The Man Who Would Be Willie
Gavin Newsom looks to buck the liberal trend and win the San Francisco mayor's office by trying to fix the city's homeless problem.
11:00 PM, Nov 3, 2003 • By BILL WHALEN
PRESIDENT BUSH has yet to set foot in San Francisco since taking office 33 months ago. Although he's visiting Southern California to inspect the wildfire devastation, the itinerary doesn't include a detour north. Which is unfortunate. San Franciscans go to the polls today to choose a new mayor, and few cities stage a better political circus.
You can't blame the president for keeping his distance from Northern California's "Babylon by the Bay." Bush received only 16.2 percent of the vote in San Francisco County, half his percentage in Los Angeles County (statewide, Bush's support was 41.7 percent). San Franciscans were just as hostile to the Governator. Arnold Schwarzenegger received only 19 percent of the county vote in last month's recall; statewide, he got 48.6 percent. Eighty percent of the county voted to keep Gray Davis in office. Four out of five San Franciscans agree: They're out of touch with the rest of California.
Yet, if the polls stay to form, this liberal bastion is about to turn right--and to a candidate who's shunned liberal orthodoxy--to solve one of its most vexing social problems.
MEET CITY SUPERVISOR GAVIN NEWSOM. He's young--having turned 36 last month--slim, moussed, and looking like he stepped straight out of the pages of GQ. Newsom is the embodiment of the metrosexual ideal. Like Arnold, Newsom is married to a TV personality. That's Kimberly Guilfoyle Newsom, a former lingerie model turned city prosecutor, who's currently a legal analyst for both ABC News and CNN.
And he benefits from having the right connections. Newsom's grandfather was a confidant of former California governor Pat Brown. His father, a retired state appellate justice, is a longtime pal of Jerry Brown. His aunt was married to the brother-in-law of House minority leader Nancy Pelosi. An ex-girlfriend married the actor Don Johnson (okay, maybe that's not a bragging point, getting dumped for "Nash Bridges"). Newsom's political godfather is the man he seeks to replace, Willie Brown. In 1996, Brown put Newsom on the city Parking and Traffic Commission. A year later, Brown appointed Newsom to the board of supervisors, filling what locals call the panel's "straight, white male" slot.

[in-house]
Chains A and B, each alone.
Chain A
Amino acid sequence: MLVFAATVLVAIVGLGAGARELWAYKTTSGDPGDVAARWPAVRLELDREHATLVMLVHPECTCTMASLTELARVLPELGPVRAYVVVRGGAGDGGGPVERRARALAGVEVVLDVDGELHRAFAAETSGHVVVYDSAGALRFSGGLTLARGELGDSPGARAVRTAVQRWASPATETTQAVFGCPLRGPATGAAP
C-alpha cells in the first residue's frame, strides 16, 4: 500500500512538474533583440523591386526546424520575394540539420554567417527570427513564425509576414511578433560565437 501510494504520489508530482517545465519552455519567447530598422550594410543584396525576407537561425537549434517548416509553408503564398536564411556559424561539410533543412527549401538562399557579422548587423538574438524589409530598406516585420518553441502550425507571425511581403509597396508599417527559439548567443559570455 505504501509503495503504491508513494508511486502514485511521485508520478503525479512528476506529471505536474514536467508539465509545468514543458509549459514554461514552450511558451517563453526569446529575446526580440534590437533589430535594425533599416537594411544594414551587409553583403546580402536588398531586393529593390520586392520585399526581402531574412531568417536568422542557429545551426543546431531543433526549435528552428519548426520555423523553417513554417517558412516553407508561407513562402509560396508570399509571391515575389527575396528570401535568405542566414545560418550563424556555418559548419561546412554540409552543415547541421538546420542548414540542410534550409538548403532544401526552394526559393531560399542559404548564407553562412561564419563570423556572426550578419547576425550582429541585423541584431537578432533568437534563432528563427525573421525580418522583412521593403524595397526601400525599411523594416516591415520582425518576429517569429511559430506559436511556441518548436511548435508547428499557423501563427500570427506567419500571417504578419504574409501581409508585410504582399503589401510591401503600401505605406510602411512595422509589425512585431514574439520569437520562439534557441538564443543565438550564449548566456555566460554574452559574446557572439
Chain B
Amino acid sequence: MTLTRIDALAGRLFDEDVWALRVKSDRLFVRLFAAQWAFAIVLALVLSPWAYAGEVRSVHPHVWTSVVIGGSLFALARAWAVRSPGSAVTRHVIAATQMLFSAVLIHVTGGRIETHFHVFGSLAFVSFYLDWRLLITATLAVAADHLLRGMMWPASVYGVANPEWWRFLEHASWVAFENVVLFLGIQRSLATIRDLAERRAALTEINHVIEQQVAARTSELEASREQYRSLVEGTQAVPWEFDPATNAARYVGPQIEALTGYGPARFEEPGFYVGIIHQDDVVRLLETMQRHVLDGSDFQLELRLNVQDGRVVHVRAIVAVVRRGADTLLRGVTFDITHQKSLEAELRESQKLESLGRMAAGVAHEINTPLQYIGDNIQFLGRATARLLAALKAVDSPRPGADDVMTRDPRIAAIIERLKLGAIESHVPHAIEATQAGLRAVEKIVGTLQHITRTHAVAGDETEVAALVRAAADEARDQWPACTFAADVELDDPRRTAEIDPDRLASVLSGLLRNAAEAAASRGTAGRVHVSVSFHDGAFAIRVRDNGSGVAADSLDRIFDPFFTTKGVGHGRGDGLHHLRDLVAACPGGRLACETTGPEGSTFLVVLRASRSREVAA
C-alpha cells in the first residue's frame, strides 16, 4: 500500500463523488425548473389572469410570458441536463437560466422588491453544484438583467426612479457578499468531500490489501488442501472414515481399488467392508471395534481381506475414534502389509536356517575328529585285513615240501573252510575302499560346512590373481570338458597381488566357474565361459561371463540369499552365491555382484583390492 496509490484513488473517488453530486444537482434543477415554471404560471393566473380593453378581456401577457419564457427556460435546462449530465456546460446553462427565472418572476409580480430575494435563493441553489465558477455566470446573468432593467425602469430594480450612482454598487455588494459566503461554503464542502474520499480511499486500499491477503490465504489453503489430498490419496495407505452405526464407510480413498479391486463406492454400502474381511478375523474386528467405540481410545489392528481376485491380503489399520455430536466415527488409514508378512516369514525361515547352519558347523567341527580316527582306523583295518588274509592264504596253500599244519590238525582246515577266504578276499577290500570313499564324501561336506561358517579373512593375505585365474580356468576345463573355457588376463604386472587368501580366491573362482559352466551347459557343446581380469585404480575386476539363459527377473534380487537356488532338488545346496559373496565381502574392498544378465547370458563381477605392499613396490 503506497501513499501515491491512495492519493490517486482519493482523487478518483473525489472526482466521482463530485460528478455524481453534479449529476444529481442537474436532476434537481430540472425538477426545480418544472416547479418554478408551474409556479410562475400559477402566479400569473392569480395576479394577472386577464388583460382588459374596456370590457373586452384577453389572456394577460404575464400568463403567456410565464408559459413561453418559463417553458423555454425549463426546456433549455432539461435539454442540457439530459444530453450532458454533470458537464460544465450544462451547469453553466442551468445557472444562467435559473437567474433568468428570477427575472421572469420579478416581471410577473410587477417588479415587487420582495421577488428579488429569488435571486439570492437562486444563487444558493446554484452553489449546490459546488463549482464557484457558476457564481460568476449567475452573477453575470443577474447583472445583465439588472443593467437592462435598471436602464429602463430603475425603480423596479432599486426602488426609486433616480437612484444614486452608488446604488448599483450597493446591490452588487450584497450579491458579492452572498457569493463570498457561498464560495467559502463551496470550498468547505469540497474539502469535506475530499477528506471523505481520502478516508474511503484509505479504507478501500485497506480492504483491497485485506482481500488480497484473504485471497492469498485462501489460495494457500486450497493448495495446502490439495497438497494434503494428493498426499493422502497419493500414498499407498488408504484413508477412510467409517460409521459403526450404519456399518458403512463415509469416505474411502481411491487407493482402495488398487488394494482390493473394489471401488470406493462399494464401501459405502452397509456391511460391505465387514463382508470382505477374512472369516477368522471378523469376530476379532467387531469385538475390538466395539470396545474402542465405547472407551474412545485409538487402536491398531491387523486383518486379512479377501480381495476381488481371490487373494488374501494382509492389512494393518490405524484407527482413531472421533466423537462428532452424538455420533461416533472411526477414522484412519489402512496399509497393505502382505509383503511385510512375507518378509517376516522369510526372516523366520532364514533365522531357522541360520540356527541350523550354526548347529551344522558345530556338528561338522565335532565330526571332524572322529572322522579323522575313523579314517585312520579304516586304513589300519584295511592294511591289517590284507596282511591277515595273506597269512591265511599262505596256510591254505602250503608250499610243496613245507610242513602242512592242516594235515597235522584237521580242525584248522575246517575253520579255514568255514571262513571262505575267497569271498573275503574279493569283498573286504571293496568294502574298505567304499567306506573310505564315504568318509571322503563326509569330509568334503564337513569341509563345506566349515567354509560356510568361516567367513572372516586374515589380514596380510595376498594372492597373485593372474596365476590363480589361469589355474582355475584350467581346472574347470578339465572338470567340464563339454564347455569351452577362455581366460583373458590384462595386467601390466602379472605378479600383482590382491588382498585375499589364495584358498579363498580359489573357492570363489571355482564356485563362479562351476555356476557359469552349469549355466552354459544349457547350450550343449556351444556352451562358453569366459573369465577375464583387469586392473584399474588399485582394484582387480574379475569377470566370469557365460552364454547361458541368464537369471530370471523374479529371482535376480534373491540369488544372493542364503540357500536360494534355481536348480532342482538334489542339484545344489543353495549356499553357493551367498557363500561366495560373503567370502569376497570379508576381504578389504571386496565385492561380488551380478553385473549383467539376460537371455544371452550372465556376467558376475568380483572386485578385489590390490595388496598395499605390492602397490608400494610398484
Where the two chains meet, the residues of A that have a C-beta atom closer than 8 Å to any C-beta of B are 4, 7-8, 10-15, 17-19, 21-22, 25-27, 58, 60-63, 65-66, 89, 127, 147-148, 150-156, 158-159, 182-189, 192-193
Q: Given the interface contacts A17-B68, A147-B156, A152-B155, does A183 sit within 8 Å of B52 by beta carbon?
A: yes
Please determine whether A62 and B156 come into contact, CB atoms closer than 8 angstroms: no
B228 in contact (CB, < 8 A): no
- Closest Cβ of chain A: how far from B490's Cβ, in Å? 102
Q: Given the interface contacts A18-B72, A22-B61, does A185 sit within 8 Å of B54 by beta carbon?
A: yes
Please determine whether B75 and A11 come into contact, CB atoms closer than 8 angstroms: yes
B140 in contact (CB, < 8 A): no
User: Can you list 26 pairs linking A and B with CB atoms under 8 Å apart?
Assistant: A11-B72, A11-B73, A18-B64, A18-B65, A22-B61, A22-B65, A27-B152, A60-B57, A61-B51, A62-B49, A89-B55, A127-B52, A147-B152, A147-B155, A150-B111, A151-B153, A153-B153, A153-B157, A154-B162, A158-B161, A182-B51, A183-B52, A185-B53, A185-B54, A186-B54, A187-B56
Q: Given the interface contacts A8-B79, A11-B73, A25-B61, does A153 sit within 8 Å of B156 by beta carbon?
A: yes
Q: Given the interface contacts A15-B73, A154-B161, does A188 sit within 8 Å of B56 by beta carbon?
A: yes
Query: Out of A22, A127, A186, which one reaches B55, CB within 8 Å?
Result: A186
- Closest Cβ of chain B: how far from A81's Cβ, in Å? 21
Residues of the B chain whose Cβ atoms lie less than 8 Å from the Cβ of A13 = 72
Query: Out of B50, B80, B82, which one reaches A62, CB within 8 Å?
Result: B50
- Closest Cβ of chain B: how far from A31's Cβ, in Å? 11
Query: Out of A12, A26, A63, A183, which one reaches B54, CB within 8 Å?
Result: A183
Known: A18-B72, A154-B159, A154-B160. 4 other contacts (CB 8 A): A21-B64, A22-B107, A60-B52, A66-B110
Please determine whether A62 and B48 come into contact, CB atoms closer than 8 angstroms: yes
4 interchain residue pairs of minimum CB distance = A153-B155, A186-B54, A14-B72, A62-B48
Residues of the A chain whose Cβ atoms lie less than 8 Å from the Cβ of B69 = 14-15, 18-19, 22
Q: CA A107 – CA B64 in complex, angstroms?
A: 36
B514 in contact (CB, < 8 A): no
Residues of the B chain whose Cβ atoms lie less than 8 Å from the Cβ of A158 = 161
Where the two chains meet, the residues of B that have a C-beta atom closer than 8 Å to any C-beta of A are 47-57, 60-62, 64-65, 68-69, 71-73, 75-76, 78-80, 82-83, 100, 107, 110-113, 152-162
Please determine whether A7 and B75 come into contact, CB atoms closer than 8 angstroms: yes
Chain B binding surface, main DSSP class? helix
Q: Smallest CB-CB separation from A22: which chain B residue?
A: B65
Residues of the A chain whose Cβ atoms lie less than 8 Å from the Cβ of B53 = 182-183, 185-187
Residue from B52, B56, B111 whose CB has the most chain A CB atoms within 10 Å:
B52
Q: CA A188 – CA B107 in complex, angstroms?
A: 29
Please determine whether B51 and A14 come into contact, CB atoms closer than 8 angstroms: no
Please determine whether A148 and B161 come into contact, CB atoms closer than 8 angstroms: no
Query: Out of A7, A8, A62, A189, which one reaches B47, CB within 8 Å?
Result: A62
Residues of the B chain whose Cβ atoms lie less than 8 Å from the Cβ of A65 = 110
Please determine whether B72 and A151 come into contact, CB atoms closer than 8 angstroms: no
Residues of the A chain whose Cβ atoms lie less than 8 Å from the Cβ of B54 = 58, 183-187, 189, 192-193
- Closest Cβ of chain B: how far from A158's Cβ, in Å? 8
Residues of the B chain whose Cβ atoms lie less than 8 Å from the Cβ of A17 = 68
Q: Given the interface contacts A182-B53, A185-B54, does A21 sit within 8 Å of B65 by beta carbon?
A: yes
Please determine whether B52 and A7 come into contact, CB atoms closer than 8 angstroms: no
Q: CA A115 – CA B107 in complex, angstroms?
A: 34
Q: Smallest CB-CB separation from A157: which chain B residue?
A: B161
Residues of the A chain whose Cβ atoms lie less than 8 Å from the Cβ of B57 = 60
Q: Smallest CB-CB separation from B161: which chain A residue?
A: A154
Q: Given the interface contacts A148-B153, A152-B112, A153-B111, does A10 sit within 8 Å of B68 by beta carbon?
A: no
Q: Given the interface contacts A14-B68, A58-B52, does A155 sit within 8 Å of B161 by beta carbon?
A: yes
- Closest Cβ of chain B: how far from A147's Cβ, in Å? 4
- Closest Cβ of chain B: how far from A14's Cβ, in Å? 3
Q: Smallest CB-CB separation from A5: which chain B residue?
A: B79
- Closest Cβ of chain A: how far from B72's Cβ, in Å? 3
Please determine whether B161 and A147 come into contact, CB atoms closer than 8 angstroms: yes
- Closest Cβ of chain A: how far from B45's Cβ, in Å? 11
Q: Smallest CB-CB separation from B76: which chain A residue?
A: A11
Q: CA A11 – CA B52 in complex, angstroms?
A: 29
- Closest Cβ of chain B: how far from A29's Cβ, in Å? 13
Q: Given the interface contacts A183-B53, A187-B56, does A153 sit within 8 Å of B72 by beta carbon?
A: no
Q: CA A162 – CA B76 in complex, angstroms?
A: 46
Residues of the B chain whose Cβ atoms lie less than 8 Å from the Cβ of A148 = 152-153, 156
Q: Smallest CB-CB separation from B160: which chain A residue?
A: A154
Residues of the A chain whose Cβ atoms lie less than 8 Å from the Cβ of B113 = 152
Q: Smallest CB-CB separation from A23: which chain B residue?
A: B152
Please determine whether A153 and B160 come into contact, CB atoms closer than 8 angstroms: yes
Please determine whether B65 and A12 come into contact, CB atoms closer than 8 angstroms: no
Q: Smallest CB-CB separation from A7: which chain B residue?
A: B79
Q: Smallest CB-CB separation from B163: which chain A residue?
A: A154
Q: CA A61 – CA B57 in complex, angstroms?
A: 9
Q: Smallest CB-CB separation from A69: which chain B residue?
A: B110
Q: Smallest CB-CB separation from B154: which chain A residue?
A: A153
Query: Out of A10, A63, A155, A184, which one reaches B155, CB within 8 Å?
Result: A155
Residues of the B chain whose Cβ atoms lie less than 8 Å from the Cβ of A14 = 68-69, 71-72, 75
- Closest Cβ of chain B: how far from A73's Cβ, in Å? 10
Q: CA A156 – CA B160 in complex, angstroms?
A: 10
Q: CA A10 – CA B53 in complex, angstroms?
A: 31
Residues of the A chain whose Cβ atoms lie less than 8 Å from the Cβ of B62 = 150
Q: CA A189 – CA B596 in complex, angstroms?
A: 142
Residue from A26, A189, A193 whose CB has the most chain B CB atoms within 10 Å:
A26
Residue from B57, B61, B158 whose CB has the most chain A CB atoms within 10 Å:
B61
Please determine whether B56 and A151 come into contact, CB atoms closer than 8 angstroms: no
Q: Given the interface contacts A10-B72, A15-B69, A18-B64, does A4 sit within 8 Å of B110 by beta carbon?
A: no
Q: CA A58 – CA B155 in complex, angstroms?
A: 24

But it's Newsom's ties to one of America's most prominent families, the oil-rich Gettys, that raises eyebrows. Over the past decade, Newsom has created a mini-empire of limited partnerships and holding companies that span from Squaw Valley to Maui. That includes wineries, trendy eateries, and nightclubs. The Getty family has provided financial muscle for his businesses--even a friendly loan for Newsom's home in Pacific Heights. And that has purists wondering if Newsom would be too beholden to the city's upper crust should he win office.
THEN AGAIN, Newsom's candidacy gives bleeding hearts a bad case of heartburn, as he tends to stray from what passes for mainstream San Francisco ideology. The supervisor has proposed reinstating the city's job tax credit. He also wants to revisit the city's payroll tax. Newsom correctly sees it as a hindrance to biotech firms that might want to set up shop in San Francisco.
But that's small potatoes compared with the one issue that separates Newsom from his mayoral rivals: His plan to fix the city's homelessness problem.
Last November, Newsom's "Care Not Cash" ballot measure put San Francisco in line with other U.S. cities that have cut cash grants for the homeless in favor of in-kind services like food vouchers and better shelter programs. Newsom, who contends that general assistance grants feed substance abuse problems, called for cutting grants then as high as $410 a month to as little as $59 a month. The measure was blocked in the courts. However, the board of supervisors passed an amended version of Newsom's plan--"Real Housing, Real Care"--that continues the spirit-over-cash idea.
On today's ballot, San Franciscans once again face a referendum on homelessness. Newsom's Proposition M calls for a crackdown on aggressive panhandling and panhandling on buses, city streets, freeway ramps, parking lots, outside check-cashing businesses, and not within 20 feet of ATMs (violators would be fined, or placed in treatment programs--that is, if the police decide to enforce the law). Critics contend that Newsom is trying to exploit the homeless issue to win the mayor's race, just as he used "Care Not Cash" to lay the groundwork for his campaign (the anti-M campaign calls itself the "Committee to End Political Scapegoating"). His supporters say he's the only candidate offering a sensible solution.